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7 easy rules of defensive hockey for defencemen to follow

In Coaching Hockey, Tactics by Enio SacilottoLeave a Comment

Defence is a challenging position to play. Like a goaltender it takes many years of repetitive training to master the specific skills required to be an effective defencemen. In this article you will find some helpful defensive tips that will help you think like a top defencemen.

1. Keep your feet moving

Agility skating is the ability to move the body quickly in multiple directions.

Forwards are told to keep moving in the offensive zone and on the rush. In order to challenge the forwards and defend their net, defencemen must be agile skaters and keep their feet moving at all times.

Being flat-footed and stationary is a recipe for disaster. By keeping the feet moving, knees bent, shoulders back, and eyes up you are in the ready position and prepared to face any challenge that is presented.

When defending any even-man situation the defenceman must have a good gap (the distance between the puck carrier and the checker). An ideal gap is at least 1.5 to 2 stick lengths. Being in the “ready position” with the feet moving allows the defenceman to control the gap.

2. Read the play

Always keep a ‘head on a swivel’ to help with awareness of what is going on.

Defencemen have a north view of the rink, and will face all kinds of scenarios when accepting the rush, reading the situations and reacting accordingly is key. Is the situation the defenceman is facing a 1-on-1, 2-on-1, 2-on-2, 3-on-2, 3-on-3, and are there back-checkers tracking back?

In the defensive zone, is the opposing forward facing the corner, can you beat him to the puck, is he coming at you with speed, do you have a support forward behind you, is your partner in front of the net?

3. Play inside the dots

The rink inside the rink. The idea when defending in hockey is to keep body positioning between the man and your net, often referred to as keeping the ‘defensive side.’ I like to refer to it as a net/you/man relationship with the offensive player.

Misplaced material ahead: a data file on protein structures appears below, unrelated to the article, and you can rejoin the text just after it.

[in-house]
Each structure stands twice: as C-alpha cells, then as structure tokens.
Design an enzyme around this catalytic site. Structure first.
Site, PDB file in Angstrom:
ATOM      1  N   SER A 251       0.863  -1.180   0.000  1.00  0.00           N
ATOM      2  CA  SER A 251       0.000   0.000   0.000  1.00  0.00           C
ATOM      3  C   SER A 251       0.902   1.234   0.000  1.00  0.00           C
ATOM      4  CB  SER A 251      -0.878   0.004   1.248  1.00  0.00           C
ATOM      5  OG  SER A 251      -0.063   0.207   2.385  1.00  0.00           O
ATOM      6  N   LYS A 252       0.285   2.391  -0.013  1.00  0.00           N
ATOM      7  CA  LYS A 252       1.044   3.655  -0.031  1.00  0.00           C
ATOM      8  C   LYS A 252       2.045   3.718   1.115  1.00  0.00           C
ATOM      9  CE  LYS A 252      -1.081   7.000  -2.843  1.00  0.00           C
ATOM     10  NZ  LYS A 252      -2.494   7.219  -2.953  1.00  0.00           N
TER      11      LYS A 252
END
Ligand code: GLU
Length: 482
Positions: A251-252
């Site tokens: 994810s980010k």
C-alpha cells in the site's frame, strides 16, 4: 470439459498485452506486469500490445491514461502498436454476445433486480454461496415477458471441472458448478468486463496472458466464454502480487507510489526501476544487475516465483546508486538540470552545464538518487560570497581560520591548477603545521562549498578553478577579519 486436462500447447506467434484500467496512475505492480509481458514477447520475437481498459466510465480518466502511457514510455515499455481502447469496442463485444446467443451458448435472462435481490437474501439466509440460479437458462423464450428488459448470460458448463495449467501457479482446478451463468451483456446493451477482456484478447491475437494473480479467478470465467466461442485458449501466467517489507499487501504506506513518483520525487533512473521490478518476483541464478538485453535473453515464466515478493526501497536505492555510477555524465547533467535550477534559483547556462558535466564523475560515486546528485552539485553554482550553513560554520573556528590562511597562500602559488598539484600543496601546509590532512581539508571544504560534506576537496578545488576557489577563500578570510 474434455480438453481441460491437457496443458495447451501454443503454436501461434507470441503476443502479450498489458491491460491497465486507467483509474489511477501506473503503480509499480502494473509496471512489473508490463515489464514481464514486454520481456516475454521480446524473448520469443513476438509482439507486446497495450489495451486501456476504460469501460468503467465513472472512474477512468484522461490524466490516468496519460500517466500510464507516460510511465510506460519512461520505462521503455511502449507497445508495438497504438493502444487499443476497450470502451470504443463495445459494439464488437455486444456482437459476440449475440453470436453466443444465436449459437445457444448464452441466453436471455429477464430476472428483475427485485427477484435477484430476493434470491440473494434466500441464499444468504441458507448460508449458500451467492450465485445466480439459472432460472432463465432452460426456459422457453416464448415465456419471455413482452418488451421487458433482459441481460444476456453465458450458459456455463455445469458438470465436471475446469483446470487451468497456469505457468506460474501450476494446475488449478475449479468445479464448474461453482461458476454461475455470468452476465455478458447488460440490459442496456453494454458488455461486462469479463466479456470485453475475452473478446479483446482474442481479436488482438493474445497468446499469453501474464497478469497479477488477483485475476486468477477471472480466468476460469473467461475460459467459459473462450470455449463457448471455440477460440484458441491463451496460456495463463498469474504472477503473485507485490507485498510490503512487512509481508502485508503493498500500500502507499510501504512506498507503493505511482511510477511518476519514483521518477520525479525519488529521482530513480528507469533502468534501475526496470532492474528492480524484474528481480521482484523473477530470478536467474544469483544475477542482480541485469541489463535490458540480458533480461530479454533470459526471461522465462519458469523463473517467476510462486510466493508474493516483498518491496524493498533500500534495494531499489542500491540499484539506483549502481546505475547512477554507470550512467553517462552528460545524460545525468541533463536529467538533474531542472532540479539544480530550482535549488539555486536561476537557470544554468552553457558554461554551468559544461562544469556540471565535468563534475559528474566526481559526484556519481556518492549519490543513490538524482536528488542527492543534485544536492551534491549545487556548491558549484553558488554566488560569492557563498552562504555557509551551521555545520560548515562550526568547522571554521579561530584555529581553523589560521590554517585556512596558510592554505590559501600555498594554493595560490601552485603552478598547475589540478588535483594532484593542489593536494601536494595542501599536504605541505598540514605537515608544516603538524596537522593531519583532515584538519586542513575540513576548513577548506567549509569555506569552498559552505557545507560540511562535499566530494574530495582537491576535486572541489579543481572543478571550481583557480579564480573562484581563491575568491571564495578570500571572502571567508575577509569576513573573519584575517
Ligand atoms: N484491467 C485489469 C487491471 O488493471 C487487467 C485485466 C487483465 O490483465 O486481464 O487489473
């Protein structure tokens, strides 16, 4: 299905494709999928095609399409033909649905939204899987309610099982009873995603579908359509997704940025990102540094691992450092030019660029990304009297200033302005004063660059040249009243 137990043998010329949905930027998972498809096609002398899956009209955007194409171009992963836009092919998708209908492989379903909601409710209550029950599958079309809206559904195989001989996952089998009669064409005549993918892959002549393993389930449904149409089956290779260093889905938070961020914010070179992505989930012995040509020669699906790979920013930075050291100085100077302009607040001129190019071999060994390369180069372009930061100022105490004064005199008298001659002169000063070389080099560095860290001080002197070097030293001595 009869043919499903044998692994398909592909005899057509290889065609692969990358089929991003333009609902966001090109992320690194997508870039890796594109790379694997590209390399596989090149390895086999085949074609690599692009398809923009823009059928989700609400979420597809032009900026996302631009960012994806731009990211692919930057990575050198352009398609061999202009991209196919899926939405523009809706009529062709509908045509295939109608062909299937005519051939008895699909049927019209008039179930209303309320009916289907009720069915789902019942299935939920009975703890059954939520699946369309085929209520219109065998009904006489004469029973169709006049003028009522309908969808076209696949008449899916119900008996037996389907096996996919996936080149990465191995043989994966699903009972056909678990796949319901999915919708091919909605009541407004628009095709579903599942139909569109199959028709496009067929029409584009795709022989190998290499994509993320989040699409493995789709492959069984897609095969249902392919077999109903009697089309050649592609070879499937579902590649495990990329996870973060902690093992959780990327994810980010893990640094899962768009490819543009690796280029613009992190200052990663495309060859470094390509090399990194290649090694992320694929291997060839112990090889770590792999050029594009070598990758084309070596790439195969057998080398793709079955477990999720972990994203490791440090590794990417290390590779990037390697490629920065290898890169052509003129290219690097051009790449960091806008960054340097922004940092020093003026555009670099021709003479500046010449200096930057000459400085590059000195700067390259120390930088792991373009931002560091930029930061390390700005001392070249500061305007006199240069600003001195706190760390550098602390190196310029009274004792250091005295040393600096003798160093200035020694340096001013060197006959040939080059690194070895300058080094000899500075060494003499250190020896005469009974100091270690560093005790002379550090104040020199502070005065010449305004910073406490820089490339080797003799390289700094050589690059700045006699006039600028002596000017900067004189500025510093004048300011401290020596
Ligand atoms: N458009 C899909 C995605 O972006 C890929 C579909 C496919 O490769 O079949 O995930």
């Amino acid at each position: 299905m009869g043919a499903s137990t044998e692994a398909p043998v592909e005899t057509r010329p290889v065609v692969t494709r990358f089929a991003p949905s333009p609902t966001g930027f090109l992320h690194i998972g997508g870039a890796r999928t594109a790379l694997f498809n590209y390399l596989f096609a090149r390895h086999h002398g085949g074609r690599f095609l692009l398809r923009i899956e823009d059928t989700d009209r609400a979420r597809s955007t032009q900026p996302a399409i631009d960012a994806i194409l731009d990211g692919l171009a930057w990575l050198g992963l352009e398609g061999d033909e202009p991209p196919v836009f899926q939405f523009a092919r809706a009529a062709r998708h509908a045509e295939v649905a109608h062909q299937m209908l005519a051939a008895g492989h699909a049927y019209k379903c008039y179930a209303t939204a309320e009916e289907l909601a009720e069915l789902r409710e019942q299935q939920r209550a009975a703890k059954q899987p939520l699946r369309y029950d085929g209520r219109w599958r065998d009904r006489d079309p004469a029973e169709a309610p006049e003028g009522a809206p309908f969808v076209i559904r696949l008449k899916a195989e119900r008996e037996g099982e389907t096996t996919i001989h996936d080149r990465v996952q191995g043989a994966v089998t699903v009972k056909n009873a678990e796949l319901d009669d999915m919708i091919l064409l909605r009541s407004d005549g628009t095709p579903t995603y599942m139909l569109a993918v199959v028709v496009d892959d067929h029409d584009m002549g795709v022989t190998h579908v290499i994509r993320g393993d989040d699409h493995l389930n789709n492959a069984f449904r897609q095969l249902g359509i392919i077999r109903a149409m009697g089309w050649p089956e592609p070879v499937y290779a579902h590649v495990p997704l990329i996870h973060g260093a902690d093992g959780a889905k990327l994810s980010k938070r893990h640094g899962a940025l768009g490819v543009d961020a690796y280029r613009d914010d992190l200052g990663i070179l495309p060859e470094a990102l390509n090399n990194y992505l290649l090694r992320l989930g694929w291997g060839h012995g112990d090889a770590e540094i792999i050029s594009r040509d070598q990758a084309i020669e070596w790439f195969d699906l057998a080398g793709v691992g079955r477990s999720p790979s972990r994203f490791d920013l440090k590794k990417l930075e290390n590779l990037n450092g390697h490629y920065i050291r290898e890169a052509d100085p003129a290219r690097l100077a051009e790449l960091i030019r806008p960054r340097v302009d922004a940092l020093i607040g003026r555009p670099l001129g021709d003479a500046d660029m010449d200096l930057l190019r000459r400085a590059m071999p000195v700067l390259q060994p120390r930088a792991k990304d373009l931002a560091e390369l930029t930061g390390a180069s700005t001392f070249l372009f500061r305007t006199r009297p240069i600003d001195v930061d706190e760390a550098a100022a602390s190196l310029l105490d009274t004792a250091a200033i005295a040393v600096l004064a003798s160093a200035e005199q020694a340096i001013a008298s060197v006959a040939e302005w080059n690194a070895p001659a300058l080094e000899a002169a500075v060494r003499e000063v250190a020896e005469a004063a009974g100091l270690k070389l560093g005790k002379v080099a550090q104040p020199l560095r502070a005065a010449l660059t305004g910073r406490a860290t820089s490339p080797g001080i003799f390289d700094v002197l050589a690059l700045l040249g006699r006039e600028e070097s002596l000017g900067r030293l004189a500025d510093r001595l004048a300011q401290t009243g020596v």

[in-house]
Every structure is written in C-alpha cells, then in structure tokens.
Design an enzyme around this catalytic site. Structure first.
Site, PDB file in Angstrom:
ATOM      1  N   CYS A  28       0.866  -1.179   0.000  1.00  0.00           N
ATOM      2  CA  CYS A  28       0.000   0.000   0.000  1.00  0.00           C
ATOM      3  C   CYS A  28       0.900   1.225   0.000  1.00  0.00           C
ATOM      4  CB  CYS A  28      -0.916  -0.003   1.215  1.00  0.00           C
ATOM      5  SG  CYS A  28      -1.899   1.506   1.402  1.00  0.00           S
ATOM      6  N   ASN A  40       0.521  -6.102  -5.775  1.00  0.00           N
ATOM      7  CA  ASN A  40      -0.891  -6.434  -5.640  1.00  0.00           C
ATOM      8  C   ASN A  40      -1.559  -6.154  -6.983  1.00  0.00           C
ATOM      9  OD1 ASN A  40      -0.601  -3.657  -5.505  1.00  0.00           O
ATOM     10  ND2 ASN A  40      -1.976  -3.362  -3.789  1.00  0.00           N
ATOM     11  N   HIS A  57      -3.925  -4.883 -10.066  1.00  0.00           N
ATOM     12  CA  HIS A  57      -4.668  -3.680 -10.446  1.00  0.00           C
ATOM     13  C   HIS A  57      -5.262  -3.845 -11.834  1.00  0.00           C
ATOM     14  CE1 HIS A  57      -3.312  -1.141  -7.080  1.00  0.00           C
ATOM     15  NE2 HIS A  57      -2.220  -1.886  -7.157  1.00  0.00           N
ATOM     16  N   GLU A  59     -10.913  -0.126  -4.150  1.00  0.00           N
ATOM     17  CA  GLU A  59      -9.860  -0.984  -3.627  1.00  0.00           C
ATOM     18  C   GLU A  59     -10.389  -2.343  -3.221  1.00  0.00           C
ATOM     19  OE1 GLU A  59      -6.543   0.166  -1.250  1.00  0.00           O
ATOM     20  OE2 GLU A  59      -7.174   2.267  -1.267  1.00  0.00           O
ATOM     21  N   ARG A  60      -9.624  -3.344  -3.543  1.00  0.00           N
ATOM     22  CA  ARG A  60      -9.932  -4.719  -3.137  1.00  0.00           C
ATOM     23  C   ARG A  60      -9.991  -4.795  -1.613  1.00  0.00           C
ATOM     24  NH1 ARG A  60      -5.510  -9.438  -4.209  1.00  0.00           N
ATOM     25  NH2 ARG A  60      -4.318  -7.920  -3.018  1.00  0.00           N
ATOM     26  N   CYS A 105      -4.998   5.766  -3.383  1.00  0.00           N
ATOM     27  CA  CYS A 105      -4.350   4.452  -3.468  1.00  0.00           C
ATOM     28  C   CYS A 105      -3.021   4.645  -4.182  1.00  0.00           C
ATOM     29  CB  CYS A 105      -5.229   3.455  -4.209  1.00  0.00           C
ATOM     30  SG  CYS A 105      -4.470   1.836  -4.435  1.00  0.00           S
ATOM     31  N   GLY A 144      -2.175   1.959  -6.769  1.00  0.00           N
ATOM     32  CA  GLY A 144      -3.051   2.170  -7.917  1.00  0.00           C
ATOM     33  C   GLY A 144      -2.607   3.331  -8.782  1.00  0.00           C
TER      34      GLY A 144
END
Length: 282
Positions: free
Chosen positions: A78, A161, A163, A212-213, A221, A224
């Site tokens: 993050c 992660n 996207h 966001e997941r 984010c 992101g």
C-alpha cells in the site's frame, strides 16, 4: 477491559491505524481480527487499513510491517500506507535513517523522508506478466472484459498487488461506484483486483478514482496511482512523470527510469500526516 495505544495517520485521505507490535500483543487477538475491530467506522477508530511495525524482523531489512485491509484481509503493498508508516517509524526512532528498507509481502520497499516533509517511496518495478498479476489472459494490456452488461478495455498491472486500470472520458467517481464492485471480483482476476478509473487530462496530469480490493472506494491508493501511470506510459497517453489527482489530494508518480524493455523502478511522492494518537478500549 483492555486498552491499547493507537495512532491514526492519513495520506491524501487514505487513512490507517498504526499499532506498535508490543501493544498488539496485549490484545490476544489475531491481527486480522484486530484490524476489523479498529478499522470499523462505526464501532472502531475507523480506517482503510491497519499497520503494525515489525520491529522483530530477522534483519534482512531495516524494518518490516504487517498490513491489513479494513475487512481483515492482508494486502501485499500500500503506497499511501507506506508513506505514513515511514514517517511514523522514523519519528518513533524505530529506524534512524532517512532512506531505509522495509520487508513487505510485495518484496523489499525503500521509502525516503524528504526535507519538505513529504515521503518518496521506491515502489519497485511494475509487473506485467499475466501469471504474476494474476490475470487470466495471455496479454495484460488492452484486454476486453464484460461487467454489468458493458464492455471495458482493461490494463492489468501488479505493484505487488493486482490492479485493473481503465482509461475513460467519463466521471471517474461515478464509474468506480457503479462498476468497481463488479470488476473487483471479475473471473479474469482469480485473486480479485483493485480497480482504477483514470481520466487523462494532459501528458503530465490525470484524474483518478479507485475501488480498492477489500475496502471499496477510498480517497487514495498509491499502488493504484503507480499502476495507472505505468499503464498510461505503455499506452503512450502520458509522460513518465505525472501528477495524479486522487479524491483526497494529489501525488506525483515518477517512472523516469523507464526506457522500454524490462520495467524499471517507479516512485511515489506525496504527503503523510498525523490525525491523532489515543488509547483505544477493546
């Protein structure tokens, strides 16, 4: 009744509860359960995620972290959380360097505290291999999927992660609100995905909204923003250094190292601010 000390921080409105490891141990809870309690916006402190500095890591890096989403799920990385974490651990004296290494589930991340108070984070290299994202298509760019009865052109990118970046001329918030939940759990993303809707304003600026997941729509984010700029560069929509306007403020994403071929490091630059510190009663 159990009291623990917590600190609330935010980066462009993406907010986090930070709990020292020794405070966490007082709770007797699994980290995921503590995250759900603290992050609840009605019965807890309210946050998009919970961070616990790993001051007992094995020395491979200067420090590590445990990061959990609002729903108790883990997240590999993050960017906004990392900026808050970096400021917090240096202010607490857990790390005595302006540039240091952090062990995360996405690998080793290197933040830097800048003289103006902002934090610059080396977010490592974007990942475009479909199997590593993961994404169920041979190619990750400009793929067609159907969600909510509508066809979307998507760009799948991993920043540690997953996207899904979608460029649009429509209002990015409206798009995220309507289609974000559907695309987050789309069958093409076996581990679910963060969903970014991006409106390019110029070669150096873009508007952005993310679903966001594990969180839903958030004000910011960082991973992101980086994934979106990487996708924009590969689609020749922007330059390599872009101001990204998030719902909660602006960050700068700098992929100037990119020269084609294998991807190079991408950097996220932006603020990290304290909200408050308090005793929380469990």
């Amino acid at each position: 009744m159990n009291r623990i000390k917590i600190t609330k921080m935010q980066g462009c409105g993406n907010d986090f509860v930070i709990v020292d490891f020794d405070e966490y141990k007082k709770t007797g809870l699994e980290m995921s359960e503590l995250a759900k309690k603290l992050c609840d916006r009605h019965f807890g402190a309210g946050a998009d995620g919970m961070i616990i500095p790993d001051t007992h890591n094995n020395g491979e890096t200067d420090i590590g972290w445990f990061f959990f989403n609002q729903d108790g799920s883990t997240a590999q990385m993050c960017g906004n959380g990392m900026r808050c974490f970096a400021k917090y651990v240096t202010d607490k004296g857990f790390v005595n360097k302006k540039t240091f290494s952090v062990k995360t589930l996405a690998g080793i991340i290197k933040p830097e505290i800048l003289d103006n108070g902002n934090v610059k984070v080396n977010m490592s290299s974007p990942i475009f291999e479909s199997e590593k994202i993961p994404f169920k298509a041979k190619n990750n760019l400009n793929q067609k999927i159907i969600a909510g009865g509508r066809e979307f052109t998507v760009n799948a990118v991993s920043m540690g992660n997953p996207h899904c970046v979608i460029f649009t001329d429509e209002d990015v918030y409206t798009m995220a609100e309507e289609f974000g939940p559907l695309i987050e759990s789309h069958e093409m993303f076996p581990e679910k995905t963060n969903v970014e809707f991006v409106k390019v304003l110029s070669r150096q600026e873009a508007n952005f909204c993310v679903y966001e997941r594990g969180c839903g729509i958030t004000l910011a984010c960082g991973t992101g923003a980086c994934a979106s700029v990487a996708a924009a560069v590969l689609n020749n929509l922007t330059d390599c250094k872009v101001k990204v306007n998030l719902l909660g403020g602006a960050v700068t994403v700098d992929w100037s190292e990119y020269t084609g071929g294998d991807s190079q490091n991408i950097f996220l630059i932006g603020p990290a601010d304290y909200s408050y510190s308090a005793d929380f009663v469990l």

Coaches also make reference to ‘protecting the house,’ in other words, protect the area around your net and keep puck carriers and shots to the outside.

Defencemen can reach such objectives by receiving the rush by playing ‘inside the dots.’ When playing inside the dots, the objectives of maintaining defensive body positioning and protecting the house are achieved.

4. Stick-on-puck, body-on-body

The key objective when defending is to strip the puck carrier of the puck, get into passing lanes, shooting lanes, and take away the opponent’s time and space.

Defencemen need to keep their sticks on the ice at all times, and when defending the puck carrier, keep one hand on the stick attempting to keep their stick blade pointed towards the puck for as long as possible. By keeping ‘stick on puck,’ the defender can poke the puck off the puck carrier’s stick and discourage him/her from passing or shooting.

Inspire Connect Lead

While keeping the concept of ‘stick on puck,’ the defender should maintain a body focus. If the defender misses the attempt to poke check the puck carrier he/she can still impede progress and strip him/her off the puck by playing the body.

The defender uses peripheral vision to watch the puck and maintain a body focus.

5. Stay staggered

Next to the goaltender, defencemen are the last line of attack.

Defencemen should never be even with each other, whether on offence or defence. If you are playing in a staggered position then if there is a turnover or your partner gets beat, you are there for “defensive support.”

For example, if in the offensive zone, the strong side defenceman is going in for the pinch or in taking a shot, his partner must play outside the blue line, inside the dots, close to the middle of ice and ready to defend. Should his partner get beat, he is there to defend.

Another example is in a regroup situation, when you pass the puck to your partner, after the pass your job is to “stagger” and drop in behind your him/her. Again, if the puck is turned over, you are in position to defend, and if your partner needs to pass the puck back to you, you are in a difficult position for the opponents to check you.

6. Communication

A key to the game of hockey is on-ice communication. Be the eyes for your partner, yell loud; let each other know what is happening on the ice.

Communicate with your partner at practice and off the ice. Get to know each other!

Talk to your goalies about things such as puck placement on a dumped in puck, let the forwards know who they should pick up on rush coverage. Hockey must not be played in the library. Be heard!

7. Win all your battles in games and practices

Take pride in being a defenceman, win all your 1-on-1 battles, be intense, and be strong on your feet. Keep your feet moving and be quick into the corners. Take the time to practise individual skills and be mindful of the seven rules of defensive hockey for defencemen.

About the Author

Enio Sacilotto

Enio Sacilotto is President of International Hockey Camps and operates the Mental Edge High-Performance Coaching. Enio has 38 years of coaching experience (professional hockey in Europe and the Victoria Royals of the WHL). Currently, he coaches the North West Hawks U15 and the Croatian National Men's team. If you have questions or are interested in any of his services, contact Enio at [email protected] or call 604 255 4747.


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